Air Date

April 6, 2021

Featured Guest

Her Excellency Yasmine Fouad
Minister of Environment & COP27 Ministerial Coordinator & Envoy, Arab Republic of Egypt


Jack Howard
Senior Vice President for Strategic Advocacy, U.S. Chamber of Commerce


Congresswoman Carolyn Bourdeaux, a representative from Georgia’s 7th congressional district, has focused on pragmatic public policy, accomplishing goals and working in a bipartisan manner throughout her career in education, finance, and public service. Her expertise in public policy and finance are evident through accomplishments including balancing the Georgia state budget during the Great Recession, and founding the Center for State and Local Finance at the Andrew Young School of Policy Studies at Georgia State University.

Jack Howard, SVP of Government Affairs for the U.S. Chamber of Commerce, sat down with Representative Bourdeaux to learn more about her district’s diversity, its COVID-19 recovery plan, and infrastructure goals.

Georgia’s 7th District Is a Hub for Education, Diversity, and Small Businesses

“About 25% of the people in this district were born outside of this country,” said Bourdeaux. “[And] a lot of people come here for the good schools … It's a place where people come to raise their children.”

“Atlanta is growing very fast,” she continued, referring to her district’s continued growth and diversity. “It is drawing people from all over the country and all over the world, and a lot of them are settling here … We've always been very successful as a country in drawing the best and the brightest from all over the world, and so that's certainly one of the draws here.”

Bourdeaux, who had recently attended a Venezuelan-American round table where minority small business owners discussed their day-to-day obstacles, also talked about health insurance as it pertains to small businesses in her district.

“At one time … we had more people who purchased their health insurance on the health insurance exchange than almost any other district,” she said. “[We were] one of the top districts in the country for that.”

Bourdeaux’s Recovery Plan for Her District

Like the rest of America, Georgia’s 7th district is actively trying to recover from the pandemic. Bourdeaux commented on the state of her constituents, vaccination efforts, and recovery plans.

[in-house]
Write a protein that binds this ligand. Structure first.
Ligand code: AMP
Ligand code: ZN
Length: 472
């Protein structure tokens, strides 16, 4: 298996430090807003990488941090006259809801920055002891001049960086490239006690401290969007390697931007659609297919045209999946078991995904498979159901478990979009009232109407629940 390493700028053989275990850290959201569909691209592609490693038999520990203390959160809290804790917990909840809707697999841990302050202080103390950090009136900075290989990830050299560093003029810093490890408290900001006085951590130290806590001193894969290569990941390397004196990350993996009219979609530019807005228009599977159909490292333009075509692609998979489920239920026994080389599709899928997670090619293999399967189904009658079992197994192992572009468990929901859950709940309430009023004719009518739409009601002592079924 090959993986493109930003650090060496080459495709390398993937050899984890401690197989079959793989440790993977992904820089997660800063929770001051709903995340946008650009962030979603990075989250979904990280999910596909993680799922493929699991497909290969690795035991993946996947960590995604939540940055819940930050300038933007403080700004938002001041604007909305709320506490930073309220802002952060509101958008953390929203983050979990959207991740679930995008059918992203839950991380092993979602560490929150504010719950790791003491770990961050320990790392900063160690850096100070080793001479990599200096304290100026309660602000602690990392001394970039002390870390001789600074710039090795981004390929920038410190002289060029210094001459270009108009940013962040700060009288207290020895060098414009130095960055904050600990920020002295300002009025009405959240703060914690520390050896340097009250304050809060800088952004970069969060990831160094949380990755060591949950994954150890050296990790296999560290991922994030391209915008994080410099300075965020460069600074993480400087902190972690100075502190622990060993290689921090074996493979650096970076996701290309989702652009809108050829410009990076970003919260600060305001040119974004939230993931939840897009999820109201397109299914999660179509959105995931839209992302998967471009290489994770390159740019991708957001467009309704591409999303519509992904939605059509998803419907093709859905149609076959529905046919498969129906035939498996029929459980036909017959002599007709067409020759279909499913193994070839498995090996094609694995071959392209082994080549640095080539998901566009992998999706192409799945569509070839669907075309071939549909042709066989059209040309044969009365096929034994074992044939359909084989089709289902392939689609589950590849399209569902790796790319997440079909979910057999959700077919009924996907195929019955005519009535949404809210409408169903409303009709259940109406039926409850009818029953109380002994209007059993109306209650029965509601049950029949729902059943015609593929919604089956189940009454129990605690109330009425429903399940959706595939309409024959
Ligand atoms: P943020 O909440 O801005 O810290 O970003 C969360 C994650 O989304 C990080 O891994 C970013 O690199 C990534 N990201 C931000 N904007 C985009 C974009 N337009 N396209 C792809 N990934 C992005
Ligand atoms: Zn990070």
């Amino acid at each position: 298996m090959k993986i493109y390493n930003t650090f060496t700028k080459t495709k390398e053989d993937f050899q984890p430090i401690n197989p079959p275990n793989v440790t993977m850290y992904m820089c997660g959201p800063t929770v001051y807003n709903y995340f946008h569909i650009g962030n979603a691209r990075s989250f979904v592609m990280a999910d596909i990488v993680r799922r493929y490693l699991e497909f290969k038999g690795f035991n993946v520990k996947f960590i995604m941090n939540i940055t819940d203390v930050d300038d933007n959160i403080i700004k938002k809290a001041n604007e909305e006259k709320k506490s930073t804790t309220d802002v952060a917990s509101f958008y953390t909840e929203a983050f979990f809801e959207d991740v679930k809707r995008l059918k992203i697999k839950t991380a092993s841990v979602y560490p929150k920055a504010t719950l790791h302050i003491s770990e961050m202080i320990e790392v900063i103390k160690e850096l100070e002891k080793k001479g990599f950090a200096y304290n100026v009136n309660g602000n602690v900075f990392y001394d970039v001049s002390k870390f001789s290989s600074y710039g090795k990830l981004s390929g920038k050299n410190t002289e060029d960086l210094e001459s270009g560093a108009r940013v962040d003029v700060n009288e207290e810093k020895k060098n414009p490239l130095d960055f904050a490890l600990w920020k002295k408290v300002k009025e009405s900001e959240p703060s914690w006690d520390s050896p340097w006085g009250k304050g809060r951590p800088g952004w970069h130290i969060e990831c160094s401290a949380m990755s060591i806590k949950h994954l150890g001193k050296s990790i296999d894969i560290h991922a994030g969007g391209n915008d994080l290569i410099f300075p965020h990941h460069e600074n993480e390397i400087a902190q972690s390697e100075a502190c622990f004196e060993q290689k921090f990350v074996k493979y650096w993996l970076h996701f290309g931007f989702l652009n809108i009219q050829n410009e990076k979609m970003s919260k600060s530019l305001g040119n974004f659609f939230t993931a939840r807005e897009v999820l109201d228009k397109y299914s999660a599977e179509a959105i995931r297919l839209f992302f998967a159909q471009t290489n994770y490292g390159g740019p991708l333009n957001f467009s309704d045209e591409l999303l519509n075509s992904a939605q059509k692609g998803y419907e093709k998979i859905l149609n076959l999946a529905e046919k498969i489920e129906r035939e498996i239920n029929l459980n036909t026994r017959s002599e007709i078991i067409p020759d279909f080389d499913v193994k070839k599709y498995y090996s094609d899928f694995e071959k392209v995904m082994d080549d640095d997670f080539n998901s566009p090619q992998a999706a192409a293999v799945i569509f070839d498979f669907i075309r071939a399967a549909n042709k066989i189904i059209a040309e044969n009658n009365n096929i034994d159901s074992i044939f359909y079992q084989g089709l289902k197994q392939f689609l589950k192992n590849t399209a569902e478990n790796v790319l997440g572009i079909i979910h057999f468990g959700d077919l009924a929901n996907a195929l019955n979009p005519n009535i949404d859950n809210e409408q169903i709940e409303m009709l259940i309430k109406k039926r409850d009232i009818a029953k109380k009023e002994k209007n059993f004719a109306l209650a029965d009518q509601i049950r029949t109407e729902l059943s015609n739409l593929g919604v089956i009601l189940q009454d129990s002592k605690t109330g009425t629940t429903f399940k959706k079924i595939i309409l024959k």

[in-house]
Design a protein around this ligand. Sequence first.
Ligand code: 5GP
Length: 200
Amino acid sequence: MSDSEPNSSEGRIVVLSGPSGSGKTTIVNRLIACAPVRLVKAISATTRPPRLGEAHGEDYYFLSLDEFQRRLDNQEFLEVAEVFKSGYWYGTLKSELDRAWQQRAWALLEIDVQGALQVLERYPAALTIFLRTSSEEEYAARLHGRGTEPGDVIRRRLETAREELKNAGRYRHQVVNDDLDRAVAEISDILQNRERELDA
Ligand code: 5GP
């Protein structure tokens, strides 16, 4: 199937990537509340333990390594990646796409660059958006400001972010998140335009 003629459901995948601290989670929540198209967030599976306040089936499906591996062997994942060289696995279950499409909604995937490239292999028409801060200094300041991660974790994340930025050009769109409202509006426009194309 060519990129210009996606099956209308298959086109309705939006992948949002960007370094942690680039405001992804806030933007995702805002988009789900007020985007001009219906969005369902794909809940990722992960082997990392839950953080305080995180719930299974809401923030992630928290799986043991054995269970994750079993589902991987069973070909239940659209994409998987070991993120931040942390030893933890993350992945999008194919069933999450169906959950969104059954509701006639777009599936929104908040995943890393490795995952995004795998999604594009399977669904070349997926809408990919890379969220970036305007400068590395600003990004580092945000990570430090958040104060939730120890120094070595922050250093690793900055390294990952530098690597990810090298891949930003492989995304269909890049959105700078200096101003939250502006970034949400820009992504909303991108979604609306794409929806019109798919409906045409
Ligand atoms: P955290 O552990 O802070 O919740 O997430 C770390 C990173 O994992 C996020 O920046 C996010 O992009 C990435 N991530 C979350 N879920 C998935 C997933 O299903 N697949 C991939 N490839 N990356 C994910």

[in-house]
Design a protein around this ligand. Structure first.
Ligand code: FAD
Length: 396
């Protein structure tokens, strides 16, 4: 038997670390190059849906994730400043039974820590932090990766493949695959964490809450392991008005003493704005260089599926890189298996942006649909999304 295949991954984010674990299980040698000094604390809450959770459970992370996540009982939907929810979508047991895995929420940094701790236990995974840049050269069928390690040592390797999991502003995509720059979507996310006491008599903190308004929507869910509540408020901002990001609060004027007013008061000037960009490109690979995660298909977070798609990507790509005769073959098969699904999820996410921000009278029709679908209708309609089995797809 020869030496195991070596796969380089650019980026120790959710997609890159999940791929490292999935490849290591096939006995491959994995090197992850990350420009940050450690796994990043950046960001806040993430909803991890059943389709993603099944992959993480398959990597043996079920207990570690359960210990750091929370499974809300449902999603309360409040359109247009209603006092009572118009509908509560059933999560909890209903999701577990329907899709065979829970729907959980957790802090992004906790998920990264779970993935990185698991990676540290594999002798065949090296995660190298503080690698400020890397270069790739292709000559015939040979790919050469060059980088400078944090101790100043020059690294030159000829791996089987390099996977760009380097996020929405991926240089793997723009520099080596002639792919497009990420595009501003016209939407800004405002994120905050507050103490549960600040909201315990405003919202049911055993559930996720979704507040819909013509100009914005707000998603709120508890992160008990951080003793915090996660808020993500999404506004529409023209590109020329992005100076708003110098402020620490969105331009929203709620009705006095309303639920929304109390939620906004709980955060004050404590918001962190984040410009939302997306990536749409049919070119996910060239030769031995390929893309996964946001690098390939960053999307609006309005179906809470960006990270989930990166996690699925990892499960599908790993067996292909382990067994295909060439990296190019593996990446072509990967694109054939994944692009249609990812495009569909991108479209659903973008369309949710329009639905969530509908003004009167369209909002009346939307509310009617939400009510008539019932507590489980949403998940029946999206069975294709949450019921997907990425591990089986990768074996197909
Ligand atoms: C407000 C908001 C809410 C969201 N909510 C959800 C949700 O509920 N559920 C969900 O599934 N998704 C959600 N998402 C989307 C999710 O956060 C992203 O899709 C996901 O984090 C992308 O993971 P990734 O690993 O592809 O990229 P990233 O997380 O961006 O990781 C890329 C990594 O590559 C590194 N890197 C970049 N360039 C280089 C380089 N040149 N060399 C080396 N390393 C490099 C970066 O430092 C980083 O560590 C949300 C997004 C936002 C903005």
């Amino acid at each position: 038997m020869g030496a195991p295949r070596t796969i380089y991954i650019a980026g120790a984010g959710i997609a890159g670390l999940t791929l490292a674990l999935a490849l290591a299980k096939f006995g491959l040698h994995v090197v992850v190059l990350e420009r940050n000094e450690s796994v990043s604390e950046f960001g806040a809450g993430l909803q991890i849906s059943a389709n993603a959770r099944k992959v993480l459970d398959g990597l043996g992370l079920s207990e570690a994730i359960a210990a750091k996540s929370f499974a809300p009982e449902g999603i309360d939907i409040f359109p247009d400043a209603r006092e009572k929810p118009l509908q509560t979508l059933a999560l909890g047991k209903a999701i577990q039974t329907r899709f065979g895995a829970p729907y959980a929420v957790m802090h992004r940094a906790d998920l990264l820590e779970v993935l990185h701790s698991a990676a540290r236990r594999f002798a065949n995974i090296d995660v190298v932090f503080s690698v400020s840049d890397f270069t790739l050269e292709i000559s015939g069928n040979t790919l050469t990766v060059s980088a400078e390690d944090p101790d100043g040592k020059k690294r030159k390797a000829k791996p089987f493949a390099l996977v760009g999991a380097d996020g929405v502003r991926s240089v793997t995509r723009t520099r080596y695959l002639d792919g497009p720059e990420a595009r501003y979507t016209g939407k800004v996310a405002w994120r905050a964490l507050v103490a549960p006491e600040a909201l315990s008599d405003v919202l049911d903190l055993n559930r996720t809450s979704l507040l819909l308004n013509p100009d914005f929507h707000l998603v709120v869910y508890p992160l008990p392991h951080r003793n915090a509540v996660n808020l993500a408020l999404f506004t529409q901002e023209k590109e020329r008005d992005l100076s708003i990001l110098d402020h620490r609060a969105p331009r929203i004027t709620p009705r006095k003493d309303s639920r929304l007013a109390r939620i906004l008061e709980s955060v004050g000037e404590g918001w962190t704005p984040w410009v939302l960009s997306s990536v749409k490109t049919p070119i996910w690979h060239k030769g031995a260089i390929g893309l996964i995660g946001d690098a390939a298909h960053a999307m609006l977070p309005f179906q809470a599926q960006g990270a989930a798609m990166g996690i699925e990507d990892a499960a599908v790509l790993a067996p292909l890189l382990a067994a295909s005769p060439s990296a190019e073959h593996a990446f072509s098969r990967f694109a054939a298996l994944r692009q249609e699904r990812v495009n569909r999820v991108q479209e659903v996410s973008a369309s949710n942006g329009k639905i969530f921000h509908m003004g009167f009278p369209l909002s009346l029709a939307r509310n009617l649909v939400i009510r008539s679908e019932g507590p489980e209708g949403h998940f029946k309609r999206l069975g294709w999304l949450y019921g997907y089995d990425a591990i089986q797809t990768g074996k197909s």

“Everybody's trying to get back on their feet from COVID,” she said. “Everybody is in some stage of trying to get vaccinated, getting vaccinated, or recently vaccinated … We're trying to get everybody through the crisis to the other side, so we're doing a lot of outreach around making sure people are able to access the PPP loans [and] EIDL loans.”

Residents and small business owners in her district still need help, though.

“We have a lot of people who need rental assistance [and] health insurance,” she said. “I want to make sure that this community rings every last drop of juicy goodness out of that bill, and part of that is reaching out to my small business community and letting them know all the different programs that they can access.”

Bourdeaux Defines Her Success by How Much She Helps Constituents

While there are policy goals she’d like to see serious progress on, Bourdeaux defines her success by accomplishing actions that have a real and positive effect on those she serves.

“One of the things that was so nice about the PPP Extension Act was that every community forum that I sit in; every time I meet with members of my community — which is very heavily composed of people who are involved in small businesses — was really, actively helpful to them.”

“Being helpful in that kind of way is very rewarding,” Bourdeaux said. “[It] makes the struggle to run for office and do this kind of job very rewarding.”

Bourdeaux’s Infrastructure Goals Are to Address Needs and Look to the Future

When it comes to President Biden’s Infrastructure Bill, Bourdeaux’s No. 1 goal is to address current infrastructure needs in her district.

“We need the potholes filled, we need the interchanges built, we need the extra lanes added,” she said. “There's a lot of things like that we need … to unstick existing traffic. But we also want to dream big and think about what we need for the future.”

“We’re [both] looking at the existing vision that is there in the county and talking about new ideas for ways we might build that connectivity better,” Bourdeaux added.

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